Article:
El ClanVenice Film Festival 2015
Rewind to 1980s Argentina: the country is in turmoil following its bitter defeat during the Falklands War and the crumbling of the Galtieri military dictatorship. This is a time when decent 9-to-5 jobs are hard to come by – a problem faced by Arquímedes Puccio (Guillermo Francella), an upstanding family man living in a wealthy area of Buenos Aires, who lost his job at the state’s intelligence service. His solution? To enter into the business of kidnapping, taking members of well-off families hostage and demanding hefty ransoms for their release. Two of Puccio’s sons become directly involved in the plots, whilst his wife, third son and two daughters are unable to ignore what’s going on, given that the hostages are often chained up in the bath or basement of their home.
Believe it or not, this story is true and is authentically told by Argentinian director Pablo Trapero in El Clan. Backed by a cult Hollywood soundtrack and some edgy montage sequences, Trapero takes no prisoners in his cold representation of Puccio and the intriguing banality in which he commits his most violent of crimes. Francella, with a pair of piercing blue eyes that evoke terror whilst oozing indifference, creates a stark contrast to the warm features of his son Alejandro (Peter Lanzani). The tense relationship between the two is a fascinating central element to the narrative, which leaves us struggling to decide if the son is a likeable character or if he actually has the potential to be just as brutal as his father.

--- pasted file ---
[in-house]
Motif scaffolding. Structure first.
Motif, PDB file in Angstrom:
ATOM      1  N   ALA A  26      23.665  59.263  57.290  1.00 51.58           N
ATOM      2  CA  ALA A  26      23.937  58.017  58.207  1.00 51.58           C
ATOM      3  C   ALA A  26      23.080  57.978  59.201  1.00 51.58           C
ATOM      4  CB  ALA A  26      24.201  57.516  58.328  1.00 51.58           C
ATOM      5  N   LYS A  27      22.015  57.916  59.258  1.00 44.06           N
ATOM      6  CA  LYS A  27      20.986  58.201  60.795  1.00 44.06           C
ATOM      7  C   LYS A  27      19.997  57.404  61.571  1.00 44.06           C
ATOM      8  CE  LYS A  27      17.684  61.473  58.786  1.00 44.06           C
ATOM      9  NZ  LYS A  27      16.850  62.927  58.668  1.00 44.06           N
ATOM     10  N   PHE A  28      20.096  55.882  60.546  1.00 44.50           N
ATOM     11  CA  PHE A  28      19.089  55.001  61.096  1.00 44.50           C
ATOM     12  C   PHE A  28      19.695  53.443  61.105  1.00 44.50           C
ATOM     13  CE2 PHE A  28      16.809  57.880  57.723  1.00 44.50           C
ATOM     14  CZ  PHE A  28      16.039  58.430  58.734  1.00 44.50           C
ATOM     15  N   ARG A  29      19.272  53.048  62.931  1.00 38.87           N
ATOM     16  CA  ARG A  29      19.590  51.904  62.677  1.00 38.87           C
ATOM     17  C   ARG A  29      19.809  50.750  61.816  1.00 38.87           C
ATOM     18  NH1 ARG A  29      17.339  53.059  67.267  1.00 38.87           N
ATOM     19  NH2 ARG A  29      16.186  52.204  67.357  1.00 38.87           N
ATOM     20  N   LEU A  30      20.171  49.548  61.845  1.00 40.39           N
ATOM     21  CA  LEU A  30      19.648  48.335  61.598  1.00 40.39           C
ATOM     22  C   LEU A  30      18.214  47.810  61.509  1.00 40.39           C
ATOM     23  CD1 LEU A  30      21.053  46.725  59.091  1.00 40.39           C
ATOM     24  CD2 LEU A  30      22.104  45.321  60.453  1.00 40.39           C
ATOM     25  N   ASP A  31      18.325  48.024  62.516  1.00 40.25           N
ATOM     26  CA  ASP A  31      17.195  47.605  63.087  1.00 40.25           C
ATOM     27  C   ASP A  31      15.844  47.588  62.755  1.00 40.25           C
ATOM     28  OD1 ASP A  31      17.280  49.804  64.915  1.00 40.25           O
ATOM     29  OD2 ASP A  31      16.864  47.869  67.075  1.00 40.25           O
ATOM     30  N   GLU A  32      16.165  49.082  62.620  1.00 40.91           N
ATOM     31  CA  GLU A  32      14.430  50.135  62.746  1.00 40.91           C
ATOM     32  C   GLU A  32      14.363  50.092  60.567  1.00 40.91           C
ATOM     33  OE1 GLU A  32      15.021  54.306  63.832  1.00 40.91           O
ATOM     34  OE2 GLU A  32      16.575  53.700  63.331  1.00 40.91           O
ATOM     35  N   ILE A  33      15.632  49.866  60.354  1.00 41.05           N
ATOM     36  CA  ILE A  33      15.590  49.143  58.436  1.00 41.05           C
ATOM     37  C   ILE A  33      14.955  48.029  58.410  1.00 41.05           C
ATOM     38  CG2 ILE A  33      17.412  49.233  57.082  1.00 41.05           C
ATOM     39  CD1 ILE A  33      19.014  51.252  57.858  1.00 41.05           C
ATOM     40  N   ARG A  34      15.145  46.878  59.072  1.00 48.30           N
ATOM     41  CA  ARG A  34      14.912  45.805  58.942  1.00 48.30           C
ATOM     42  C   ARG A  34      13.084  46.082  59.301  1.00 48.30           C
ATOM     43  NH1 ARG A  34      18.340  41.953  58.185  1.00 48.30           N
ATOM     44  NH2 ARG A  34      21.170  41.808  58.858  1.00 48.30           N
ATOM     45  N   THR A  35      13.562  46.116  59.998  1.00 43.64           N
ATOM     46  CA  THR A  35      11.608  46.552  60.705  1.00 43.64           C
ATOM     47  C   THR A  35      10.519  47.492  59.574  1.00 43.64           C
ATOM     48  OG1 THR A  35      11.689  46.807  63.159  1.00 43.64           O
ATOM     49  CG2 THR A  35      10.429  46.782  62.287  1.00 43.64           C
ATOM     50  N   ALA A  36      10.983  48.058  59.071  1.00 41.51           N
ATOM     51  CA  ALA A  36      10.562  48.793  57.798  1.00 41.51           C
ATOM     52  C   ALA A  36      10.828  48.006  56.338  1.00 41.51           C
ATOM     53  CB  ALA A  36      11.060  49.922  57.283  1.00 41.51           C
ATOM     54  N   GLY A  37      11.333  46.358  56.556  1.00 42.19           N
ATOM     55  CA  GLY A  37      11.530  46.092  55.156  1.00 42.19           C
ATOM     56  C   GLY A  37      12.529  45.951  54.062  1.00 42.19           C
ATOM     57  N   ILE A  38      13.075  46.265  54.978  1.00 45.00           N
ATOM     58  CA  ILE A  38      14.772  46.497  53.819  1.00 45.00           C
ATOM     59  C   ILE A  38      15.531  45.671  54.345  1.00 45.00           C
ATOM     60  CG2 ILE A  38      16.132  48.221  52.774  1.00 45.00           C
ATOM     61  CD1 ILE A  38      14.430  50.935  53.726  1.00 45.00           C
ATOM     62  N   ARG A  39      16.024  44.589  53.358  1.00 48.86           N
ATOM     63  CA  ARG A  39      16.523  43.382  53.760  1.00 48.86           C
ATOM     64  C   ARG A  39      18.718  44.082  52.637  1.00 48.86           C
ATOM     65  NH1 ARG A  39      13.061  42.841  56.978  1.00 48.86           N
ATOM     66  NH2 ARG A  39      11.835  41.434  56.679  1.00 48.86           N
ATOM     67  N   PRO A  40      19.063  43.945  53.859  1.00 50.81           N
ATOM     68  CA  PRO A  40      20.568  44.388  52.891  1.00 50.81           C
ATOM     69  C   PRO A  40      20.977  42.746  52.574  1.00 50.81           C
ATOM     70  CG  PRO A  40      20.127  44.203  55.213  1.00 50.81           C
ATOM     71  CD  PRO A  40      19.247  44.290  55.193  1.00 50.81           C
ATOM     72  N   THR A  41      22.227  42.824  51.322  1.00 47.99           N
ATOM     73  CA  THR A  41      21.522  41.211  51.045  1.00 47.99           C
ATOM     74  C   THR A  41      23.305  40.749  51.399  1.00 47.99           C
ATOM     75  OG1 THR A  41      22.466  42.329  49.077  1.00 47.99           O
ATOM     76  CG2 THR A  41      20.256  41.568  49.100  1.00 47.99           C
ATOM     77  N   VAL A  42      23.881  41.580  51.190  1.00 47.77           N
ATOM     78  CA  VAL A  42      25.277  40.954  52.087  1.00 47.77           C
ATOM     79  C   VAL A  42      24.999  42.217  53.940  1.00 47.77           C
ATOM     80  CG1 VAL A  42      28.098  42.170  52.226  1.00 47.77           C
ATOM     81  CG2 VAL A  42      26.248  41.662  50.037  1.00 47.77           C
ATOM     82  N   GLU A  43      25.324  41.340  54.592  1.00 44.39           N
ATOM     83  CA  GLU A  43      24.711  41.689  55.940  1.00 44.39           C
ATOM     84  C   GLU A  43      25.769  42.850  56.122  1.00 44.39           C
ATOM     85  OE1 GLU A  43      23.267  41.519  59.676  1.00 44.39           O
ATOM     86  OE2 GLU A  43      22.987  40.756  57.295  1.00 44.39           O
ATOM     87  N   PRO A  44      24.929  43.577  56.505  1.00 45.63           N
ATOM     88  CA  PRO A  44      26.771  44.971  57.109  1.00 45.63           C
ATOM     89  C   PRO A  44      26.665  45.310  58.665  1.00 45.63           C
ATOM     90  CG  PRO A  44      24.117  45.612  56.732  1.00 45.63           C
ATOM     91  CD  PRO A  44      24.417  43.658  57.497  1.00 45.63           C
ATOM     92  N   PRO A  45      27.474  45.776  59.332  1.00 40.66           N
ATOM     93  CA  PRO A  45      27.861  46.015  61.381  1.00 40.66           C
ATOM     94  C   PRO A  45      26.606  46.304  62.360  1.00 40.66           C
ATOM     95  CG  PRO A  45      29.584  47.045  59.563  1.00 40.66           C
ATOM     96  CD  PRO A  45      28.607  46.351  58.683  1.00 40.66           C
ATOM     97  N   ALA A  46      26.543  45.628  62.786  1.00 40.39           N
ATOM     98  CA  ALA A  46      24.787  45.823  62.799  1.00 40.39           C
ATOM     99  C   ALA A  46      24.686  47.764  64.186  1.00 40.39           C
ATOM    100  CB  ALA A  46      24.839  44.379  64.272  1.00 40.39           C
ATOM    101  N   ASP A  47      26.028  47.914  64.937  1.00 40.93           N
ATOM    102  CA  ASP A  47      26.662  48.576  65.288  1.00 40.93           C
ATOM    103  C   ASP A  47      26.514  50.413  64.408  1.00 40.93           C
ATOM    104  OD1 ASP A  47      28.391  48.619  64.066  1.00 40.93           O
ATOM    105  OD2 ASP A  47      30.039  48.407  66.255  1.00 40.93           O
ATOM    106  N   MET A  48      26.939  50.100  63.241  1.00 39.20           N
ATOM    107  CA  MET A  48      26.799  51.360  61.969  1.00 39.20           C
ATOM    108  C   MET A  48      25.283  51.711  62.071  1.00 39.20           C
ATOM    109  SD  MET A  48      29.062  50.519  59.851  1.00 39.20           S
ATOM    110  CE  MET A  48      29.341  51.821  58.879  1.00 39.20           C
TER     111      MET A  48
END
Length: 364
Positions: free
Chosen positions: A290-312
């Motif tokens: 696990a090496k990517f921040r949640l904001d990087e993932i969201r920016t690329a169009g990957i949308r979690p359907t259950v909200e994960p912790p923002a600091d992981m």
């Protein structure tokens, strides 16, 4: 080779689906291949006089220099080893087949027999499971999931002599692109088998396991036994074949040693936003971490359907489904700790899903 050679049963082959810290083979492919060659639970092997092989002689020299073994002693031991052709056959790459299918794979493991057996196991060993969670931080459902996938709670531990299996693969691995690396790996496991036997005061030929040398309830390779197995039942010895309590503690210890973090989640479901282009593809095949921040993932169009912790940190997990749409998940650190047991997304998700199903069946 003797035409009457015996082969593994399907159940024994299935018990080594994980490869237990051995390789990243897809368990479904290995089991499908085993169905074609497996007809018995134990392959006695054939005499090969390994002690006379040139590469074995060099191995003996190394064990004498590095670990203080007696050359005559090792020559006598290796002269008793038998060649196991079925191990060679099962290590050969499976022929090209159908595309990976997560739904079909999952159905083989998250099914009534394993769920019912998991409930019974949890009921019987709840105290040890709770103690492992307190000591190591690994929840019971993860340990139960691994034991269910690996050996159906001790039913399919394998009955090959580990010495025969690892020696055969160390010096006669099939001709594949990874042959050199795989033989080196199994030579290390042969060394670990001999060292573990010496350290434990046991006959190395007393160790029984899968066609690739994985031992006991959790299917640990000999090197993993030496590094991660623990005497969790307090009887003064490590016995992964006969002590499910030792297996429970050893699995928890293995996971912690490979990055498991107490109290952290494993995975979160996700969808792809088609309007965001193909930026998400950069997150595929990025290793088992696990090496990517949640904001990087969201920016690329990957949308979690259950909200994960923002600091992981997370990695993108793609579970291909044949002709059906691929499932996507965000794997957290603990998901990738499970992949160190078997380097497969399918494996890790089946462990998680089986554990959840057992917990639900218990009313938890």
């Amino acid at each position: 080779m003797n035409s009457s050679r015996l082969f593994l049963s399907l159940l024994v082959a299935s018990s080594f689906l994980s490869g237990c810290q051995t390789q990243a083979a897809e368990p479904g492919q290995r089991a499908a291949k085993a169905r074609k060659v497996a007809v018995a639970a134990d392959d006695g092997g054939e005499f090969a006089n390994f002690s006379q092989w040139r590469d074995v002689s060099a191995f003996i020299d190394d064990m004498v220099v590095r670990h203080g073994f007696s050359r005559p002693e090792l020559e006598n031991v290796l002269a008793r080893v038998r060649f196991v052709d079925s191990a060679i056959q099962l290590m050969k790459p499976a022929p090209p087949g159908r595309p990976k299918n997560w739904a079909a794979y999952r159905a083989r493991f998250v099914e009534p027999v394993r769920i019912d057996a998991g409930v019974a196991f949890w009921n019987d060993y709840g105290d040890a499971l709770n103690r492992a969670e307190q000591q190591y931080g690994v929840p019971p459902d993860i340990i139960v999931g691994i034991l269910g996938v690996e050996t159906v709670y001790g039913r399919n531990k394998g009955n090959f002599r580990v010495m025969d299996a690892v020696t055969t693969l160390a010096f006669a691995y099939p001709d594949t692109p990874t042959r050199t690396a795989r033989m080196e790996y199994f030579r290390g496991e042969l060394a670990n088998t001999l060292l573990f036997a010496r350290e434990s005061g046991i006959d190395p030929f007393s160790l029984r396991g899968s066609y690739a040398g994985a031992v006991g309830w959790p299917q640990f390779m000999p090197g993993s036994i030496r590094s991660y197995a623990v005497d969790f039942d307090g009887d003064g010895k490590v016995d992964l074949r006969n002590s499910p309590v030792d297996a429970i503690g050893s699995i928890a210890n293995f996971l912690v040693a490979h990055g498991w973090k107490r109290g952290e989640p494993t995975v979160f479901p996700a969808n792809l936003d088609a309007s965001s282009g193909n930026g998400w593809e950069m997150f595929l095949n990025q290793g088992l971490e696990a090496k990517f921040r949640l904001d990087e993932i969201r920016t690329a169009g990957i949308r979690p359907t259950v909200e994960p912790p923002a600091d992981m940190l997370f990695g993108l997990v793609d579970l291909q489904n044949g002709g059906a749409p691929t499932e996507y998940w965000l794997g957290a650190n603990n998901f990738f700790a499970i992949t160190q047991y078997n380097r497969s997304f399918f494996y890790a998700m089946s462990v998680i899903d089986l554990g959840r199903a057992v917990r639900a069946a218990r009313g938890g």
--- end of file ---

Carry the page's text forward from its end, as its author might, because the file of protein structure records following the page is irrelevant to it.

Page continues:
Despite the horrific reality of the events that take place, the film is darkly comedic, highlighting just how ridiculous the family’s situation has become. Laughter, however tentative, provides a welcome release to the sense of unease that builds throughout and, as the family’s dauntless scheming comes to an end, the audience exhales a breath it didn’t quite realise it had been holding.
Watch with utter captivation as the shocking crimes of a ruthless murdering kidnapper and his clan become nothing but an everyday humdrum routine. This is not one to be missed.
Filippo L’Astorina, the Editor
El Clan (The Clan) does not have a UK release date yet.